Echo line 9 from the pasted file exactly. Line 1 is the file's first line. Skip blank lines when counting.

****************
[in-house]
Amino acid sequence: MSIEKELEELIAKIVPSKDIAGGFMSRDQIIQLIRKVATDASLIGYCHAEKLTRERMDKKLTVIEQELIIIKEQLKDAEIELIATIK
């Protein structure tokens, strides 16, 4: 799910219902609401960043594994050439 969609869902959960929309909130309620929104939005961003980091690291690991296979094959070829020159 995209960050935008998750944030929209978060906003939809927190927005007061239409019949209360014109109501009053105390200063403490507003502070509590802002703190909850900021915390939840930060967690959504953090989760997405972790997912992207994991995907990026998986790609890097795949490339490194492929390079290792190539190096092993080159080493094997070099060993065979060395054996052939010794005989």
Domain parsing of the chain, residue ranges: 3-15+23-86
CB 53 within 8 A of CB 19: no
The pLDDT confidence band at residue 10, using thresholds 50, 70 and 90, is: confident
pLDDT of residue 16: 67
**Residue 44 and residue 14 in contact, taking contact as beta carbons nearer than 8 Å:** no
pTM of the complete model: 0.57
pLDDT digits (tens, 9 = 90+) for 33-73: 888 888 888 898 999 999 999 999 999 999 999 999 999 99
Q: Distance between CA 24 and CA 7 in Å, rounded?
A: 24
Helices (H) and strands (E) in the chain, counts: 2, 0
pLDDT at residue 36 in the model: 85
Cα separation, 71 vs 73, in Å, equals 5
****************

pTM of the complete model: 0.57